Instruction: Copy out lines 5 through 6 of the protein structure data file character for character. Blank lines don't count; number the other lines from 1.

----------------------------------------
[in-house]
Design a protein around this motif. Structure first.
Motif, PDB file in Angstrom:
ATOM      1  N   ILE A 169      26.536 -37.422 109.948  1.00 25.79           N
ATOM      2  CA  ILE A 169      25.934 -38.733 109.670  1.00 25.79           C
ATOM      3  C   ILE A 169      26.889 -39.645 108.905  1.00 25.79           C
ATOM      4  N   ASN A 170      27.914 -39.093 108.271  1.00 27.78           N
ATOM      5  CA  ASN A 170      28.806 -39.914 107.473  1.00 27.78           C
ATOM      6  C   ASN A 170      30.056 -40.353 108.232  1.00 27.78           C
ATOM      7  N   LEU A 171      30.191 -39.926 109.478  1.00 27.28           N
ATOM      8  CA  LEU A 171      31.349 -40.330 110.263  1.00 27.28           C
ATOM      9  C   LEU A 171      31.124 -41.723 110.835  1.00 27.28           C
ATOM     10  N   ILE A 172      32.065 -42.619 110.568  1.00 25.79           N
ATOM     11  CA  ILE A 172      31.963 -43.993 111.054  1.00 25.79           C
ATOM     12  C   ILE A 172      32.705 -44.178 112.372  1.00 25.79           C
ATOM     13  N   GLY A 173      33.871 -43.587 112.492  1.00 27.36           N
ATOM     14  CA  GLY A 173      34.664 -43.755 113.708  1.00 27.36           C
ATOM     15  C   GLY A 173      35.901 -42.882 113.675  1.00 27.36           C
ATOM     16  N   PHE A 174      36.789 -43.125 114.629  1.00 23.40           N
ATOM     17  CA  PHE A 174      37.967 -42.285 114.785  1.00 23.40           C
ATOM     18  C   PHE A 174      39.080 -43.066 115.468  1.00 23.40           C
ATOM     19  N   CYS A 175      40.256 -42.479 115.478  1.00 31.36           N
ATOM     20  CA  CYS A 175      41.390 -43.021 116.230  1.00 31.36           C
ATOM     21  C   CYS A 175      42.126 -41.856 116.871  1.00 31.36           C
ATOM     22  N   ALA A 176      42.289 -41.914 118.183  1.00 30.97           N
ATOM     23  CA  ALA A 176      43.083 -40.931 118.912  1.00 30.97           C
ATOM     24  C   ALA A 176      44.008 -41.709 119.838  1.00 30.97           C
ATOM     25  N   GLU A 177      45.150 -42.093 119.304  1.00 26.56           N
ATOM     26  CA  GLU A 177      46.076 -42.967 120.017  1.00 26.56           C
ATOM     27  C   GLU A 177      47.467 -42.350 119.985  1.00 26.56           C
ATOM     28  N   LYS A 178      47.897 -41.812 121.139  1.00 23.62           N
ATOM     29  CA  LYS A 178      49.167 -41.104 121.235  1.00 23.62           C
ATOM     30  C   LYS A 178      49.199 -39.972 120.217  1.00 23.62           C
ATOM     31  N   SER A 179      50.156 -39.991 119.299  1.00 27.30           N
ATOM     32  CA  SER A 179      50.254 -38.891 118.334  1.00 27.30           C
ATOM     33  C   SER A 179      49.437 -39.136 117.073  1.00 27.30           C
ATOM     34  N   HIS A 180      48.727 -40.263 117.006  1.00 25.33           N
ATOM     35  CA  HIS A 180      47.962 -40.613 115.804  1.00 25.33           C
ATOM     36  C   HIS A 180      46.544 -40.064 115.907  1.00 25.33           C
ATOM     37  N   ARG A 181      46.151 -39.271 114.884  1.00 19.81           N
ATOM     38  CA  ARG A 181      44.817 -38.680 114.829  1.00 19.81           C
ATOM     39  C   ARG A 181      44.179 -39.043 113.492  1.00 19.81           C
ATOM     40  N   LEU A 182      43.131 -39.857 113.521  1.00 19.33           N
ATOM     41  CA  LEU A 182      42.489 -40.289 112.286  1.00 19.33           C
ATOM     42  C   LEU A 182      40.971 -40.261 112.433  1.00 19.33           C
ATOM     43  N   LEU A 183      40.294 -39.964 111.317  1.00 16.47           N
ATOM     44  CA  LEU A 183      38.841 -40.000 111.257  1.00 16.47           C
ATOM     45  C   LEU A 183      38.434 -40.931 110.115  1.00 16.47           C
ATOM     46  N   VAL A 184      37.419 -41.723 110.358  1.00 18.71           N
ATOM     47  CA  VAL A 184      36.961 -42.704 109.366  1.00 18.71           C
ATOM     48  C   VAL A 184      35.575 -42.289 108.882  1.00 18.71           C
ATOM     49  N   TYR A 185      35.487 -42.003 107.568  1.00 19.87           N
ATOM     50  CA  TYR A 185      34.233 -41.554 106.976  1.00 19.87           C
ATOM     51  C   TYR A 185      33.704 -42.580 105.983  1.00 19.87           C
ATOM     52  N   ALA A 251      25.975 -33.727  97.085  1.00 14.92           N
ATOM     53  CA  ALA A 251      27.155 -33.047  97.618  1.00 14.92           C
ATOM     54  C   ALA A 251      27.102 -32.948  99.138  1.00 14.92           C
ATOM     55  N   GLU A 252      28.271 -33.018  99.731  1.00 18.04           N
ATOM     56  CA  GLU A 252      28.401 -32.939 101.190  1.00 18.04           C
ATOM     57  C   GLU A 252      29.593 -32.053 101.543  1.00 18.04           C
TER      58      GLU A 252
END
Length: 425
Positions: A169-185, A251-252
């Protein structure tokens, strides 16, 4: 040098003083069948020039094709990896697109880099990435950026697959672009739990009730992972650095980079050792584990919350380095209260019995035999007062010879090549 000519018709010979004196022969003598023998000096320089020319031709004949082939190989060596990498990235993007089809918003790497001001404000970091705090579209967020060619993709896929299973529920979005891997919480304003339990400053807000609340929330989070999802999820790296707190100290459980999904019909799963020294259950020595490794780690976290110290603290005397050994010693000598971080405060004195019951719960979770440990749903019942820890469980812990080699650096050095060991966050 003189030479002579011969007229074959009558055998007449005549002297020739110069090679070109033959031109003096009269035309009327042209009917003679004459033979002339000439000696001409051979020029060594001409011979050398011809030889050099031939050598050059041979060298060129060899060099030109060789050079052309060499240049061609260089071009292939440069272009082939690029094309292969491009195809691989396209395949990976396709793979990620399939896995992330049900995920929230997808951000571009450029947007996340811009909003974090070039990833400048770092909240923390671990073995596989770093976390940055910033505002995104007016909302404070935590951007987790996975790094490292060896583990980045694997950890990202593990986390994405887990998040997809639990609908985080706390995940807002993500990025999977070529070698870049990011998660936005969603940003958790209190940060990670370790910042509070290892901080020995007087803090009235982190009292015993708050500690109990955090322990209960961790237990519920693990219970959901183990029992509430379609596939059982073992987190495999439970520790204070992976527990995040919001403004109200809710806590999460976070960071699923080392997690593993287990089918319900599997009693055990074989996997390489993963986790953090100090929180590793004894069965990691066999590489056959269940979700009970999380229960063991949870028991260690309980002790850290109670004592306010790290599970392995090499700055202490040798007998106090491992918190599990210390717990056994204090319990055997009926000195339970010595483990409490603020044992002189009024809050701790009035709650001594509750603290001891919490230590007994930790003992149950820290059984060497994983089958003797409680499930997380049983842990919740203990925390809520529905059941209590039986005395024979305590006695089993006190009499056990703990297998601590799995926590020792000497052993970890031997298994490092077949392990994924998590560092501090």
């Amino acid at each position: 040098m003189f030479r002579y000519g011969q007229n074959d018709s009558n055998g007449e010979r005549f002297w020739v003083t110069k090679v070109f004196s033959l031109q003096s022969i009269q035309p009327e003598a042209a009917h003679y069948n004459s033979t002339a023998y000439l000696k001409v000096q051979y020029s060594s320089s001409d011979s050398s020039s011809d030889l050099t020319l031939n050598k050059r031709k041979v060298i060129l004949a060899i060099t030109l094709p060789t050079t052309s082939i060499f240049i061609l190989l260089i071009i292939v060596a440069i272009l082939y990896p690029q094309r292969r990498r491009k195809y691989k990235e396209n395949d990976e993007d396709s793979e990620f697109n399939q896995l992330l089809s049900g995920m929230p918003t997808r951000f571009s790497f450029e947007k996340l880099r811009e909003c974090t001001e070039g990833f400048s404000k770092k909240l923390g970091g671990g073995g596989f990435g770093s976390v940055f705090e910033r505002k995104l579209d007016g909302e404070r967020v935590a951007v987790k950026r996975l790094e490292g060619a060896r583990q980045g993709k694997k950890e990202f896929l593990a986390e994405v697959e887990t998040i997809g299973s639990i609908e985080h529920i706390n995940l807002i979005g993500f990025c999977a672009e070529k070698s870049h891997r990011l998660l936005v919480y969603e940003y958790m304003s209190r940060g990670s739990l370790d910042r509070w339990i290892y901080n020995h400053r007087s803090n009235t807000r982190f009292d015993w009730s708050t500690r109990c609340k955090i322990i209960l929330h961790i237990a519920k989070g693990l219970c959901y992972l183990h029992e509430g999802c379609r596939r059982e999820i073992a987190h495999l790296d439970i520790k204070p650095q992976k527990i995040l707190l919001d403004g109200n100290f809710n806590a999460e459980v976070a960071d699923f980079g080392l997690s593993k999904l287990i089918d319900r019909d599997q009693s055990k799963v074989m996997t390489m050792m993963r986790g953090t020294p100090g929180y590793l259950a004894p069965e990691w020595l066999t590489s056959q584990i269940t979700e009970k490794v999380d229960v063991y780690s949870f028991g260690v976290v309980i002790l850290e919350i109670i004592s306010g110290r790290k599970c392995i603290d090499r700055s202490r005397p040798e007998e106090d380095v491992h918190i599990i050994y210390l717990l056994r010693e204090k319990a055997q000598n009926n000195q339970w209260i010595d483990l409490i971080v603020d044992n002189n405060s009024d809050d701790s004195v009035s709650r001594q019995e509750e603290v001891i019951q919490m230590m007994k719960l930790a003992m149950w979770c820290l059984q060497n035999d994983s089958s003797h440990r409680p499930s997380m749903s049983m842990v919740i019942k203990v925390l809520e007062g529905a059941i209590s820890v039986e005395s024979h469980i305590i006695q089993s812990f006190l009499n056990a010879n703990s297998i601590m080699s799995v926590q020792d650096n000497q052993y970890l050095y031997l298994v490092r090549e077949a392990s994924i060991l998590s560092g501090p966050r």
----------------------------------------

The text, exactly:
ATOM      2  CA  ILE A 169      25.934 -38.733 109.670  1.00 25.79           C
ATOM      3  C   ILE A 169      26.889 -39.645 108.905  1.00 25.79           C